This is the first of a new series of articles from the Madison County Chamber. The purpose is to bring to you brief perspectives on a range of issues outside the central functions of the Chamber, primarily larger social issues tied to the vital role of the business community as corporate citizen.
This first PRIMEIME installment asks you to consider the issue of Early Childhood Education in Madison County and the vital need for fund development, policy development, and program support from business and all sectors of our community. According to a 2010 U.S. Chamber of Commerce report, “To keep America competitive and strong, the business community must be actively engaged on issues related to our nation’s educational system as a means to ensure an educated citizenry of self-sufficient, lifelong learners who have the skills needed to thrive in the global workplace, today and in the future.”
The U.S. Chamber report goes on to underscore the importance of early childhood education and the need for children’s access to high quality programs that include a strong family engagement component, academic preparation, strong accountability measures, and high quality standards. With these factors in mind, then, how are we doing in Madison County? Well, meet ALICE.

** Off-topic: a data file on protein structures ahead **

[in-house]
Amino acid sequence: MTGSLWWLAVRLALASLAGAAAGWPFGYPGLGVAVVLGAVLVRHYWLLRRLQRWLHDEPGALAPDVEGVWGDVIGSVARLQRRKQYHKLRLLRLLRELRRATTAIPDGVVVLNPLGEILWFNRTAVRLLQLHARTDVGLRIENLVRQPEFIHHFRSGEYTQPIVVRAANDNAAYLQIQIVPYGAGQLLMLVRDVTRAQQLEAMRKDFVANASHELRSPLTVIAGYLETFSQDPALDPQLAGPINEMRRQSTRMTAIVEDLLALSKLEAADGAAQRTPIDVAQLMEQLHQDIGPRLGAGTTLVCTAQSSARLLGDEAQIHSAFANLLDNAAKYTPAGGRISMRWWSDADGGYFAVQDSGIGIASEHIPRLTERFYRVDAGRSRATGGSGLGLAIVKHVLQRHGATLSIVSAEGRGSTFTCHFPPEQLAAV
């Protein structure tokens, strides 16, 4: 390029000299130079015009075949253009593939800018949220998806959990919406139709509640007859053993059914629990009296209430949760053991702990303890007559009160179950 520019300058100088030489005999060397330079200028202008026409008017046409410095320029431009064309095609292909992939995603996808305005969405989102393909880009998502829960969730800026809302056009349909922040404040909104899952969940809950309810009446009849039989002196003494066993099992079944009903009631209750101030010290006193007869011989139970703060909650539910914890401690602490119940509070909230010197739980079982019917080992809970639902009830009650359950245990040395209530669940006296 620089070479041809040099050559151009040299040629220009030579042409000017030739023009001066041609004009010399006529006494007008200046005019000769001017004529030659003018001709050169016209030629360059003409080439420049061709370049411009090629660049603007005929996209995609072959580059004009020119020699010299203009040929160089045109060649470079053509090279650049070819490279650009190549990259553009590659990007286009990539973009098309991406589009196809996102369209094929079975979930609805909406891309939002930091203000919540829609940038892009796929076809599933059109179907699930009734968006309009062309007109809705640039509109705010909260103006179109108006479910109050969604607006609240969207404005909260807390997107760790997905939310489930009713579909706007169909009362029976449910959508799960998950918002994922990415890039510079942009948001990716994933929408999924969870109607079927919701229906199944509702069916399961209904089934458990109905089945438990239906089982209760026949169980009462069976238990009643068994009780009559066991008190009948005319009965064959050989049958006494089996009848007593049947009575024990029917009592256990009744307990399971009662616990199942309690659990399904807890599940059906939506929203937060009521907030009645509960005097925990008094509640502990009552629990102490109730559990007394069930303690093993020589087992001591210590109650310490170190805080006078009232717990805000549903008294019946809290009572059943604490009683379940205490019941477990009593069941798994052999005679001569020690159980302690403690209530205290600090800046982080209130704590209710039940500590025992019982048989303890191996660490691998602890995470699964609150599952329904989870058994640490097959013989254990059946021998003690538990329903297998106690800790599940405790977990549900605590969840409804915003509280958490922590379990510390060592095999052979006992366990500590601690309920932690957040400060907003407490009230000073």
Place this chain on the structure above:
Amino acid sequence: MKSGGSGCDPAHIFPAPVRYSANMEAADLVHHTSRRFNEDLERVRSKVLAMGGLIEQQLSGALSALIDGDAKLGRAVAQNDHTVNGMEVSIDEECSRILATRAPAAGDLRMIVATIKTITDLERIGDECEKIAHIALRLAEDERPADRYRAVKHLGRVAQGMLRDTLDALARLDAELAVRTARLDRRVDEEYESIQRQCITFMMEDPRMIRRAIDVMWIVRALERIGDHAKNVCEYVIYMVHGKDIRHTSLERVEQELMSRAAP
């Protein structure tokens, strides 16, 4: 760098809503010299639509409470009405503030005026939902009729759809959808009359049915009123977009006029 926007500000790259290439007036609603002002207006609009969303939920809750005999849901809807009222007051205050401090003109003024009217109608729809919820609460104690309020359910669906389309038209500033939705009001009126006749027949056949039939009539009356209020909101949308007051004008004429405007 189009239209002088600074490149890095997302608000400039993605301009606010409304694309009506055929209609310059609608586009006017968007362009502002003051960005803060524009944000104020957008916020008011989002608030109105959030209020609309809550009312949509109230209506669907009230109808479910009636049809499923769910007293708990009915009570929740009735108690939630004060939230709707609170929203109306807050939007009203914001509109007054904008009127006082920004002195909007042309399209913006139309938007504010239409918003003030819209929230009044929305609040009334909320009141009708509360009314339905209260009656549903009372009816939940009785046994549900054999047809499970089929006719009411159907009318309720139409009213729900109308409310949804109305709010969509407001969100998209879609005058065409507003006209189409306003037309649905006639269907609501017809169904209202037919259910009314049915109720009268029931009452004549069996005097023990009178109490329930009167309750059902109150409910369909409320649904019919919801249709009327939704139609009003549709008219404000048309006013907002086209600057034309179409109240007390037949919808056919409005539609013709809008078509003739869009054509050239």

ALICE (Asset Limited Income Constrained Employed) focuses on social and financial issues related to households above the federal poverty guidelines ($23,000 annual income for a family of four), but less than what is needed to meet basic needs. For this group of working families, for example, rainy day savings are impossible because they spend every penny on survival. Few have liquid assets of any type. As of 2014 in Madison County, 21% of our 52,650 households were ALICE. Another 16% were living at or below federal poverty guidelines. Statewide, fewer than 4% of four-year olds are enrolled in state-funded pre-K programs, and thousand of these children are on lottery system waiting lists. These few statistics do not bode well for the future of our state, or for Madison County.
And so, what can the business community do to help?
First, there is an opportunity to provide financial help to local public or private quality pre-K programs. Second, the United Way of Madison County is an ardent supporter of the maintenance and expansion of such programs, but scarcely has the resources to fully meet the demand. The national Chamber recommends that business use its influence and voice at the policy level. The lottery system that has thousands of pre-K children waiting in line, for example, needs to be fixed. Although Hoosiers generally support quality pre-K programs for all children, our state legislators need to hear from the business community on the issue. Obviously, this is not meant to discourage support of specific local programs, or to our great United Way. Rather, it is intended to help Madison County and our state meet the demand at the massive level at which the demand presents itself.
The investment in our children is an investment in our future, and it’s personal, too. After all, as someone once said, a high-spirited tri-cyclist is a terrible thing to waste.
Primus Mootry is a weekly columnist for The Anderson Herald Bulletin and chairman of the board of The Anderson Impact Center.